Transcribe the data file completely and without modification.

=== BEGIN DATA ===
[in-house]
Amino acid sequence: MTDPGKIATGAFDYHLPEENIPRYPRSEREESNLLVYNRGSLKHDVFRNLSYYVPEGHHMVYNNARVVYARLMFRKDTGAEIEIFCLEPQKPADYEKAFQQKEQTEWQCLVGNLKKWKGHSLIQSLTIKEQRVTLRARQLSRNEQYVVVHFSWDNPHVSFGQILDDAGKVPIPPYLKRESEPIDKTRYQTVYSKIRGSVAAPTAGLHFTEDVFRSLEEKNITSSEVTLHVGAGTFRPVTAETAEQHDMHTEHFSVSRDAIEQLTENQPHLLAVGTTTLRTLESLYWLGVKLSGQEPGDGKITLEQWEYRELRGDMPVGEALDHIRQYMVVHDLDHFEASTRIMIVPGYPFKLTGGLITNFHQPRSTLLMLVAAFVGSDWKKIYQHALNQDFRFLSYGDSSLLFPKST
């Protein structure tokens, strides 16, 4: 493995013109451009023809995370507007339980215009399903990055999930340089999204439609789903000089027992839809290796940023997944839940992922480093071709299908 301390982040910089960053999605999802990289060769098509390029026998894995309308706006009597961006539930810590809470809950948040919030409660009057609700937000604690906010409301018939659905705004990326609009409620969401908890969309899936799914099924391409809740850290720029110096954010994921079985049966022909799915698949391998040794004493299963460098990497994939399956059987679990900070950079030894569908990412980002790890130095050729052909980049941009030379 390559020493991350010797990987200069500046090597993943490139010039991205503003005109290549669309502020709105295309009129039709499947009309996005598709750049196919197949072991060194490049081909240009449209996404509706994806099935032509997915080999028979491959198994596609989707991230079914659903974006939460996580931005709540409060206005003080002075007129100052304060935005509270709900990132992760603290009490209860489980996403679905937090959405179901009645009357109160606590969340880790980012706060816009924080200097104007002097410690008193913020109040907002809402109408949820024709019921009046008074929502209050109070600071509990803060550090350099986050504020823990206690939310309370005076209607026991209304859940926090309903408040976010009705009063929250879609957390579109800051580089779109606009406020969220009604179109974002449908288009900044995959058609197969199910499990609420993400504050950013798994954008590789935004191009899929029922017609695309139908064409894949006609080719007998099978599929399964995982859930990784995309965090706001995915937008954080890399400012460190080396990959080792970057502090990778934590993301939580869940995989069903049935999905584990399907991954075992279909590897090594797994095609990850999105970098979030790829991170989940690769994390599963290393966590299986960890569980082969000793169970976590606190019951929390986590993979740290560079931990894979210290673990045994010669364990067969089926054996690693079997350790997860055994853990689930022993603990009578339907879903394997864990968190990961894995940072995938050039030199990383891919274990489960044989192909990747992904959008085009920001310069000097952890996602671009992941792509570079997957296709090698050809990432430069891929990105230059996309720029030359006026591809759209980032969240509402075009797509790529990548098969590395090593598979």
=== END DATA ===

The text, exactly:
[in-house]
Amino acid sequence: MTDPGKIATGAFDYHLPEENIPRYPRSEREESNLLVYNRGSLKHDVFRNLSYYVPEGHHMVYNNARVVYARLMFRKDTGAEIEIFCLEPQKPADYEKAFQQKEQTEWQCLVGNLKKWKGHSLIQSLTIKEQRVTLRARQLSRNEQYVVVHFSWDNPHVSFGQILDDAGKVPIPPYLKRESEPIDKTRYQTVYSKIRGSVAAPTAGLHFTEDVFRSLEEKNITSSEVTLHVGAGTFRPVTAETAEQHDMHTEHFSVSRDAIEQLTENQPHLLAVGTTTLRTLESLYWLGVKLSGQEPGDGKITLEQWEYRELRGDMPVGEALDHIRQYMVVHDLDHFEASTRIMIVPGYPFKLTGGLITNFHQPRSTLLMLVAAFVGSDWKKIYQHALNQDFRFLSYGDSSLLFPKST
């Protein structure tokens, strides 16, 4: 493995013109451009023809995370507007339980215009399903990055999930340089999204439609789903000089027992839809290796940023997944839940992922480093071709299908 301390982040910089960053999605999802990289060769098509390029026998894995309308706006009597961006539930810590809470809950948040919030409660009057609700937000604690906010409301018939659905705004990326609009409620969401908890969309899936799914099924391409809740850290720029110096954010994921079985049966022909799915698949391998040794004493299963460098990497994939399956059987679990900070950079030894569908990412980002790890130095050729052909980049941009030379 390559020493991350010797990987200069500046090597993943490139010039991205503003005109290549669309502020709105295309009129039709499947009309996005598709750049196919197949072991060194490049081909240009449209996404509706994806099935032509997915080999028979491959198994596609989707991230079914659903974006939460996580931005709540409060206005003080002075007129100052304060935005509270709900990132992760603290009490209860489980996403679905937090959405179901009645009357109160606590969340880790980012706060816009924080200097104007002097410690008193913020109040907002809402109408949820024709019921009046008074929502209050109070600071509990803060550090350099986050504020823990206690939310309370005076209607026991209304859940926090309903408040976010009705009063929250879609957390579109800051580089779109606009406020969220009604179109974002449908288009900044995959058609197969199910499990609420993400504050950013798994954008590789935004191009899929029922017609695309139908064409894949006609080719007998099978599929399964995982859930990784995309965090706001995915937008954080890399400012460190080396990959080792970057502090990778934590993301939580869940995989069903049935999905584990399907991954075992279909590897090594797994095609990850999105970098979030790829991170989940690769994390599963290393966590299986960890569980082969000793169970976590606190019951929390986590993979740290560079931990894979210290673990045994010669364990067969089926054996690693079997350790997860055994853990689930022993603990009578339907879903394997864990968190990961894995940072995938050039030199990383891919274990489960044989192909990747992904959008085009920001310069000097952890996602671009992941792509570079997957296709090698050809990432430069891929990105230059996309720029030359006026591809759209980032969240509402075009797509790529990548098969590395090593598979």